Should Marijuana be legal?
Legalization of marijuana has been debated and debated for years. As years go by there seem to arise more and more issues. This paper will again discuss the issues from various angles of the controversial issue.
There is the issue of our right of freedom of choice. Do we not have the right to choose what we put in our bodies? Can a substance that has not been proven to be any more harmful, when not abused, then alcohol, tobacco, or prescription pain killers be harmful to us.
The clearly proven medical uses of marijuana have been documented for the treatment of pain, nausea, and anxiety of cancer patients (science daily) to decreasing the intraocular pressure in the eyes of glaucoma patients (Jonson). There have also been positive results for the treatment of debilitating weight loss in HIV patients (Randall). There seems to be unfair treatment options to some people with these diseases, since medical marijuana is only legal in eight of our fifty united states: Alaska, California, Colorado, Hawaii, Maine, Nevada, Oregon, and Washington (Findarcles.com). One also has to consider people not living in one of the eight states and diagnosed with these diseases are having to resort to the use of marijuana purchased on the black market due to its illegal status. In these cases there is no regulation by the FDA, the agency this country relies on for safe monitoring of the production, packaging, and sale of legally approved drugs. These people have no surety of what they are really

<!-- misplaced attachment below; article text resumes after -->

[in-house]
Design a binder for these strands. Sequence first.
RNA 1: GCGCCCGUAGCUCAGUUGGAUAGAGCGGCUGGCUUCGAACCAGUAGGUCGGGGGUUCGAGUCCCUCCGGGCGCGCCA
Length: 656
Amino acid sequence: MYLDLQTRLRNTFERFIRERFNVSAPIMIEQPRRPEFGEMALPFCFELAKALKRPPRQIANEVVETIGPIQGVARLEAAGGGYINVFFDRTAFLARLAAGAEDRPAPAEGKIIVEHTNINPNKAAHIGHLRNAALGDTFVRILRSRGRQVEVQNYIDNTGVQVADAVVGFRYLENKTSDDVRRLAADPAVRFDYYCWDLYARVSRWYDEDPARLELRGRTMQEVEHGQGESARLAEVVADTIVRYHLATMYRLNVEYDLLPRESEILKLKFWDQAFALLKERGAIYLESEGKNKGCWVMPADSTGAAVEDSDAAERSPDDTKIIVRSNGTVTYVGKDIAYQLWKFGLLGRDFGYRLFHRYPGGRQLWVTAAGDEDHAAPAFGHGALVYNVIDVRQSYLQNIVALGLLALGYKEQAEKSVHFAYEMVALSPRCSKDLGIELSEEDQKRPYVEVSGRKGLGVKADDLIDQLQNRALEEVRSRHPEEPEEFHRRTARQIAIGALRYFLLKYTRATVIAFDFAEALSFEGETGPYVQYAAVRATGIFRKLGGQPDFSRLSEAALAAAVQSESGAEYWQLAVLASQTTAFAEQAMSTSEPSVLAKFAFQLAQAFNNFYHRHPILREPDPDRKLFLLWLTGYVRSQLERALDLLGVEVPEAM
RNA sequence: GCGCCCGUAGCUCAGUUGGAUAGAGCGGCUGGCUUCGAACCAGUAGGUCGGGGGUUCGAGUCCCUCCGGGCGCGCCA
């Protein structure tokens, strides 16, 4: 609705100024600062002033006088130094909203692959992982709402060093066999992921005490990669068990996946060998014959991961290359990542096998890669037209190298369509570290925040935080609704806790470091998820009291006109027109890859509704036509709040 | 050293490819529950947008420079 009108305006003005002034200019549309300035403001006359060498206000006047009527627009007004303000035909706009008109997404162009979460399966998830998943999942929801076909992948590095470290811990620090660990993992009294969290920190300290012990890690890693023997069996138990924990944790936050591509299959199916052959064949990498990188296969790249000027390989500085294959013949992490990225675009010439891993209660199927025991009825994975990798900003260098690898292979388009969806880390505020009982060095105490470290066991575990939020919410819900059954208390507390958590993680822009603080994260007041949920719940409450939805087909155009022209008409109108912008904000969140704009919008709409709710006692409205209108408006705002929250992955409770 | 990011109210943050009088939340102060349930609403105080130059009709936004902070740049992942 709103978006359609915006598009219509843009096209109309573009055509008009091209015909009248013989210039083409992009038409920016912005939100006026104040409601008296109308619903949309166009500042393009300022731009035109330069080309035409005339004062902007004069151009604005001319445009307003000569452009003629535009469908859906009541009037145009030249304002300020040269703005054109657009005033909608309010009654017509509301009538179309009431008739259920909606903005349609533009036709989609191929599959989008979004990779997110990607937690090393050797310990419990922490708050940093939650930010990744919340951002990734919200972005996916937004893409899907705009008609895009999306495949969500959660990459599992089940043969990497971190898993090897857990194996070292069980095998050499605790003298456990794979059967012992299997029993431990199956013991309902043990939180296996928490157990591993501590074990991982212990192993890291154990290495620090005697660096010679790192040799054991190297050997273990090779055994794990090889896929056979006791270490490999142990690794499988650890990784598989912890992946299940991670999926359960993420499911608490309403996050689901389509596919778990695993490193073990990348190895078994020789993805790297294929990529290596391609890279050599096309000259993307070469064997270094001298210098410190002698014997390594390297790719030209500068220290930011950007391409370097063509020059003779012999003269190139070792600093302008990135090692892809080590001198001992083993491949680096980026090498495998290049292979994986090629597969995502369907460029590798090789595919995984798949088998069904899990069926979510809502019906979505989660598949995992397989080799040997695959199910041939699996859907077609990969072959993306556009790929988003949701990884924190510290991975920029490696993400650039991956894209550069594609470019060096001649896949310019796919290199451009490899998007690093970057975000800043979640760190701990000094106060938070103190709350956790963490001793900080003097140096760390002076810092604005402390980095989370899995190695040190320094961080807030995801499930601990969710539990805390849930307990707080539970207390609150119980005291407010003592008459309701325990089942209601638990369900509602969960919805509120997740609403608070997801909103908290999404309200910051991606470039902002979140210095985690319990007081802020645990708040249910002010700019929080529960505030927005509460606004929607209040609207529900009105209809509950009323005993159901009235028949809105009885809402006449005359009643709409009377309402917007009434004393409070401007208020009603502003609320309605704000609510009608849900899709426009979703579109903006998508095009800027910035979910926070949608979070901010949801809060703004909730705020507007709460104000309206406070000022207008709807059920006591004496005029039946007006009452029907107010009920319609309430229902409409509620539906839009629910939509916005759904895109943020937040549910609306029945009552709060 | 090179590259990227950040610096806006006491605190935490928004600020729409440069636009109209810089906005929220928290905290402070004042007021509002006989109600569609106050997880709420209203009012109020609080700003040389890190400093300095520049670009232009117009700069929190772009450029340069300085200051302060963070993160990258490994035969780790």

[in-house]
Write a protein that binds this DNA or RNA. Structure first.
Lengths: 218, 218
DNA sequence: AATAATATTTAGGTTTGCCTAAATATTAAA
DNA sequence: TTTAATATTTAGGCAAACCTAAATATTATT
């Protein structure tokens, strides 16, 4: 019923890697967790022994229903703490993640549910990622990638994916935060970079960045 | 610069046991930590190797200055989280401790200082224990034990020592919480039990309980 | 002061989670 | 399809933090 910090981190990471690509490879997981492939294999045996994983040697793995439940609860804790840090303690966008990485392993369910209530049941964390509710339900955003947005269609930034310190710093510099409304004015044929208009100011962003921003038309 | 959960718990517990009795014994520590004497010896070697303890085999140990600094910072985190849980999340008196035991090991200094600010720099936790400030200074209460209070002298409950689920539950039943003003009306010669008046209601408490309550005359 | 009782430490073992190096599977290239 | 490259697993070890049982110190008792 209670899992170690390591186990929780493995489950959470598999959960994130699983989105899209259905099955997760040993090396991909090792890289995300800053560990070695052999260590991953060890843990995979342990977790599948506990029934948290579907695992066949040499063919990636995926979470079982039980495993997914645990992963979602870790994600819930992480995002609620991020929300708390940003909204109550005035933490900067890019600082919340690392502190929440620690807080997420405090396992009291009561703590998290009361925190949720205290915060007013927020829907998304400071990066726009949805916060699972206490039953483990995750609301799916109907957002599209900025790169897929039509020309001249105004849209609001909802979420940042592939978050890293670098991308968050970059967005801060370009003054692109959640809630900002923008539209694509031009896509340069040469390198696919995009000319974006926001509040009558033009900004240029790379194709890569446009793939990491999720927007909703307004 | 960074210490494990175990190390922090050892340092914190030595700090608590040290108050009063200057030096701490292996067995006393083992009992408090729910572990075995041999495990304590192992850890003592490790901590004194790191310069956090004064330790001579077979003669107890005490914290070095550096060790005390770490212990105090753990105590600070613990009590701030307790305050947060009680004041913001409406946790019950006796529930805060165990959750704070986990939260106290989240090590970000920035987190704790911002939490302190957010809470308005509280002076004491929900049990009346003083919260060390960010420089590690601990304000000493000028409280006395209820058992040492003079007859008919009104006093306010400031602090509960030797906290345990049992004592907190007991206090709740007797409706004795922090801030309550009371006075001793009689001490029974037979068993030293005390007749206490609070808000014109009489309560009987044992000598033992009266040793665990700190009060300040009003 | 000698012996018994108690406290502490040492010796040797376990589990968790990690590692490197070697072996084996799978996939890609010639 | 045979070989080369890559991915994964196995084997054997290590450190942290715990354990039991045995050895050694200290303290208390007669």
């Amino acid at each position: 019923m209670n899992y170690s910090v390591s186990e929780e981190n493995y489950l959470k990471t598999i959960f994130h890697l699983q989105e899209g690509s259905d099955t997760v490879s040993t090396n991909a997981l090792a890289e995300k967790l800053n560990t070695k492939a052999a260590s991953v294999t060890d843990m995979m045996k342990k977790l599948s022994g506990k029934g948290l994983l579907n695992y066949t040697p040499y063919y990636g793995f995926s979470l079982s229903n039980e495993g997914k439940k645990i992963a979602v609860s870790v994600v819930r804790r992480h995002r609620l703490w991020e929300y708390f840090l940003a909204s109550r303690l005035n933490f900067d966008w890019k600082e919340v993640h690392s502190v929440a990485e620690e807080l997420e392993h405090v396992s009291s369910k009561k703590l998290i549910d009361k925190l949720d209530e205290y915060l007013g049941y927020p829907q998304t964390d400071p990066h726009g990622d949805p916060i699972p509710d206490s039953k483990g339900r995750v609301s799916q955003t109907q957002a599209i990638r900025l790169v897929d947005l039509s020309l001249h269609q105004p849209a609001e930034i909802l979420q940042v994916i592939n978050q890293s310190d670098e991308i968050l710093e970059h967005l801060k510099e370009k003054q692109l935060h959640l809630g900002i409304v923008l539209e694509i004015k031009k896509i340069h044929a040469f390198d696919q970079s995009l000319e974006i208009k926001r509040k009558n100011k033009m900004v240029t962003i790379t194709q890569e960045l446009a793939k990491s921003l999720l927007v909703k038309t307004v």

inhaling when they smoke a marijuana cigarette.
The “gate way effect of marijuana” supports the feelings that use of recreational marijuana leads to the need and use of harder and more dangerous drugs, like cocaine and heroin. Though there are numerous studies that don’t support this theory this is still and angle to be considered.
Probably the most debated views of the legalization of marijuana are the criminal consequences....